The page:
name "bob1"
    pose [-5 -6 45]
    color "green"

    name "bob2"
    pose [5 6 225]
    color "yellow"

8.6.1 - Each robot on it's own port

If there are multiple robots in the simulation, the standard practice is to put each robot on its own port (see Section 4.1 - Device Address. To implement this in the configuration file we need to tell Player which port to find our second robot on:

driver( name "stage" 
        provides ["6665:position2d:0" "6665:ranger:0"
        "6665:blobfinder:0" "6665:ranger:1"] 
        model "bob1" )

driver( name "stage" 
        provides ["6666:position2d:0" "6666:ranger:0"
        "6666:blobfinder:0" "6666:ranger:1"] 
        model "bob2" )

If you plan on simulating a large number of robots then it is probably worth writing a script to generate the world and configuration files.

When Player/Stage is started, the Player server automatically connects to all the ports used in your simulation and you control the robots separately with different PlayerClient objects in your code. For instance:

# first robot
robot = PlayerClient("localhost",6665);
sp = RangerProxy(robot,0);
lp = RangerProxy(robot,1);
pp = Position2dProxy(robot,0);

# second robot
robot2 = PlayerClient("localhost",6666);
sp2 = RangerProxy(robot2,0);
lp2 = RangerProxy(robot2,1);
pp2 = Position2dProxy(robot2,0);

Each Player Client represents a robot, this is why when you connect to a proxy the PlayerClient is a constructor parameter. Each robot has a proxy for each of its devices, no robots share a proxy, so it is important that your code connects to every proxy of every robot in order to read the sensor information.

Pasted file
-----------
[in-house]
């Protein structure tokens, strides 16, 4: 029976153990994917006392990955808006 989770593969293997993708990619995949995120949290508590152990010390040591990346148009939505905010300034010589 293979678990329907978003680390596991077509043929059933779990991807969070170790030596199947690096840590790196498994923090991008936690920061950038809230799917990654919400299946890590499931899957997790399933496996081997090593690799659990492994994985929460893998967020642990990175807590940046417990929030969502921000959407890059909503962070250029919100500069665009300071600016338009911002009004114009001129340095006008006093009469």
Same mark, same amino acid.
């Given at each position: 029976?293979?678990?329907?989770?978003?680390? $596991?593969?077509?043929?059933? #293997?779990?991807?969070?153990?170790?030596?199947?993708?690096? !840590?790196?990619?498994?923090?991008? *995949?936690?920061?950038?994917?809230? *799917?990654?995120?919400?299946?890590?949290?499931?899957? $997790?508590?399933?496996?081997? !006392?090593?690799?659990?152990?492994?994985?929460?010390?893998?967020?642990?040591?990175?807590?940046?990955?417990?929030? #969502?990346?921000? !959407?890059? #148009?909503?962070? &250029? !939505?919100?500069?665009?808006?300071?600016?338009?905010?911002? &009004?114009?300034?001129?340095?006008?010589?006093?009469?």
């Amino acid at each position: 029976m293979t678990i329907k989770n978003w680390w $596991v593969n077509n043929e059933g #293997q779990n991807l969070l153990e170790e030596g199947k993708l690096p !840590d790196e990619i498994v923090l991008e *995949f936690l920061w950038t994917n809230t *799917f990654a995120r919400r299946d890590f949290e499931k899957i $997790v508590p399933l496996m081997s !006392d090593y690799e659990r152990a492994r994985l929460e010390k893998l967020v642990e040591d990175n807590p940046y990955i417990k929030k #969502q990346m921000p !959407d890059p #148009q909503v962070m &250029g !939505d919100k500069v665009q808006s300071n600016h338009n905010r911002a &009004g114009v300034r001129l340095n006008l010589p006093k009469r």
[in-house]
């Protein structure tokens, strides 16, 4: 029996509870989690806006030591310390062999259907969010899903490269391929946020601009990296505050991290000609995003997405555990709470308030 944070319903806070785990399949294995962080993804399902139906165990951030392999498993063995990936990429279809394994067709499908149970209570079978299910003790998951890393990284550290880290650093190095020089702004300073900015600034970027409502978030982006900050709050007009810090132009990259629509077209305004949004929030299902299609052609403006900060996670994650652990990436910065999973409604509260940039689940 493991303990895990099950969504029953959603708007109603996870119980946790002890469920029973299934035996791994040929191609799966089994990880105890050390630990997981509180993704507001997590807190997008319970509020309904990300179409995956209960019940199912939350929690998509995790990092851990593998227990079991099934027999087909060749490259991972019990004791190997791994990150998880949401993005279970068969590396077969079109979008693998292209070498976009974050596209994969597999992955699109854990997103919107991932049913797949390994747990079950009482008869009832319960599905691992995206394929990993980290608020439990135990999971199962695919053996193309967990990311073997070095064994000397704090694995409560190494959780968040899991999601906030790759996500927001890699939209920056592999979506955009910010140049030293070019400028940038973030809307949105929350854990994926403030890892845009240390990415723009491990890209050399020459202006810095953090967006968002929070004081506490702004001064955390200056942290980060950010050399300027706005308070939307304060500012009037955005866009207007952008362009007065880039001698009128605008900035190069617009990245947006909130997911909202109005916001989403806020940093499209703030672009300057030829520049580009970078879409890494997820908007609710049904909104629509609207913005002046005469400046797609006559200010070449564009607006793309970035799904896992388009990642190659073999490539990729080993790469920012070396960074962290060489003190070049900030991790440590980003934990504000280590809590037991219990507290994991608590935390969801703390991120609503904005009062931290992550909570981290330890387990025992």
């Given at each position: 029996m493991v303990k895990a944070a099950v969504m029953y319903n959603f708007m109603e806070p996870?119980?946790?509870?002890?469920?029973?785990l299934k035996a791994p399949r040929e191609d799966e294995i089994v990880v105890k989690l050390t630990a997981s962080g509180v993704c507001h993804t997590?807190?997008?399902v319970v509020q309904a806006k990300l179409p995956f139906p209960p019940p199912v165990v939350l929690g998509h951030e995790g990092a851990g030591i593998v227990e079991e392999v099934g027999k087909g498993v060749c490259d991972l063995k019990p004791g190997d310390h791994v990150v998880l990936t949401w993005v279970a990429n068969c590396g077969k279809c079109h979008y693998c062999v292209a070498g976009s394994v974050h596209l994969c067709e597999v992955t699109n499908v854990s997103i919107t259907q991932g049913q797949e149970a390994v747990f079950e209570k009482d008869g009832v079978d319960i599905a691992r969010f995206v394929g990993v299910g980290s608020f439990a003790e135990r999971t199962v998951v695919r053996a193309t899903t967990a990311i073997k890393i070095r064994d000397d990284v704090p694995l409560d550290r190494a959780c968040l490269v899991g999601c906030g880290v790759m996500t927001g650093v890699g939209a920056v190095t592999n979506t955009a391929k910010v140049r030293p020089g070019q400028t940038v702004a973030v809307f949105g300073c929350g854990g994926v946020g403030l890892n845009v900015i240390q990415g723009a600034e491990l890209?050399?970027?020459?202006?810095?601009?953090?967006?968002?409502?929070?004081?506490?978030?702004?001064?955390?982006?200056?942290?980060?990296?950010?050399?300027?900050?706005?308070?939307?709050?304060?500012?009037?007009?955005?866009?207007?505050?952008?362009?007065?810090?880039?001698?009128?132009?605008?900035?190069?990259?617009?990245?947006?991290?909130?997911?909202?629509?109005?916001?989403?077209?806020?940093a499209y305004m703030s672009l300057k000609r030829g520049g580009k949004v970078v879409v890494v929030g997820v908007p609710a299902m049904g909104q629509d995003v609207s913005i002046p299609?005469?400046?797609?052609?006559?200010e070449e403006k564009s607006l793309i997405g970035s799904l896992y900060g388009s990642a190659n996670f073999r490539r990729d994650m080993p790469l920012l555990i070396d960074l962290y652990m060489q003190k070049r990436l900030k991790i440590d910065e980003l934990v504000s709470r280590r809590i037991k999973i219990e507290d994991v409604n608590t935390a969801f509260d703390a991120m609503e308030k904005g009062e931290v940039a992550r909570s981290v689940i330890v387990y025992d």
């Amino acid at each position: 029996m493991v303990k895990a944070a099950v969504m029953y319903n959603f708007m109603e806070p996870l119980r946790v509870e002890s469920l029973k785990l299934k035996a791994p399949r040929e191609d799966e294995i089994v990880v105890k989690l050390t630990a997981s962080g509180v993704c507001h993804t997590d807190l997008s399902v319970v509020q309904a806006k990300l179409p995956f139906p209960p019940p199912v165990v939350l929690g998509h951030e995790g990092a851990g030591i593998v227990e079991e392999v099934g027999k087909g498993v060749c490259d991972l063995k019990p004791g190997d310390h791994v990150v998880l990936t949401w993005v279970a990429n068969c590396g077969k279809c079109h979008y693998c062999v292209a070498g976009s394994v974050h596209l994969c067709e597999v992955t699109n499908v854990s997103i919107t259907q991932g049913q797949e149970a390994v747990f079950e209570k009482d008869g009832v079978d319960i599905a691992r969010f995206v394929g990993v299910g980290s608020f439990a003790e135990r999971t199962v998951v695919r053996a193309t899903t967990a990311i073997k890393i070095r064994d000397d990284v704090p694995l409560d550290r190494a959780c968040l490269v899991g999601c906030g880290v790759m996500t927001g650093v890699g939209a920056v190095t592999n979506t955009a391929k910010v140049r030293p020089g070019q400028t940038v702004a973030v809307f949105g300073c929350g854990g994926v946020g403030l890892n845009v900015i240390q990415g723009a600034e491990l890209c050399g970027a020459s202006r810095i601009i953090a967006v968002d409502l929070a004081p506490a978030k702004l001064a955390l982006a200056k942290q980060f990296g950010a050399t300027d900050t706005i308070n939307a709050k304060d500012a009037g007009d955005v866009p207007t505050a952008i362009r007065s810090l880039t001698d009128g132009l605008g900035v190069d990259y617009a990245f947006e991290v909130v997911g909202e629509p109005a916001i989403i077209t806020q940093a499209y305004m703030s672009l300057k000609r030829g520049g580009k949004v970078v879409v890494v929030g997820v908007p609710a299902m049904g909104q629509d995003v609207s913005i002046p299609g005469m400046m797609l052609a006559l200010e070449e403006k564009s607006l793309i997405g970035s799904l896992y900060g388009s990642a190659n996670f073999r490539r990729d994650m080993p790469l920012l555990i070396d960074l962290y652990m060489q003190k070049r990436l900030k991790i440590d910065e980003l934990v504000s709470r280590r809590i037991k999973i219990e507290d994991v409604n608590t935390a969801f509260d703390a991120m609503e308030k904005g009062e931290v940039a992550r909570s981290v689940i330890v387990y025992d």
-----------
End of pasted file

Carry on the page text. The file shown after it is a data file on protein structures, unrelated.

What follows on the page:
How you handle the extra PlayerClients and proxies is dependent on the scale of the simulation and your own personal coding preferences. It's a good idea, if there's more than maybe 2 robots in the simulation, to make a robot class which deals with connecting to proxies and the server, and processes all the information internally to control the robot. Then you can create an instance of this class for each simulated robot (obviously the robot's port number would need to be a parameter otherwise they'll all connect to the same port and consequently the same robot.) and all the simulated robots will run the same code.

TRY IT OUT (bigbob2)

This example shows the final code for two trash-zapping robots. Read through the code before executing.

> cd <source_code>/Ch8.6
> player bigbob2a.cfg &
> make bigbob2a
> ./bigbob2a

8.6.2 - Each interface on it's own index

An alternative to using a port for each robot is to use the same port but a different index.

For example, the Bigbob robot uses interfaces and indexes: position2d:0, ranger:0, blobfinder:0 and ranger:1. If we configured two Bigbob robots to use the same port but a different index our configuration file would be like this:

driver( name "stage" 
        provides ["6665:position2d:0" "6665:ranger:0" 
        "6665:blobfinder:0" "6665:ranger:1"] 
        model "bob1" )

driver( name "stage" 
        provides ["6665:position2d:1" "6665:ranger:2" 
        "6665:blobfinder:1" "6665:ranger:3"] 
        model "bob2" )

In our code we could then establish the proxies using only one PlayerClient:

robot = PlayerClient("localhost",6665);
sp = RangerProxy(robot,0);
lp = RangerProxy(robot,1);
pp = Position2dProxy(robot,0);

sp2 = RangerProxy(robot,2);
lp2 = RangerProxy(robot,3);
pp2 = Position2dProxy(robot,1);

TRY IT OUT (bigbob2, unique indices)

This example shows the final code for the trash-zapping robot. Read through the code before executing.

> cd <source_code>/Ch8.6
> player bigbob2b.cfg &
> make bigbob2b
> ./bigbob2b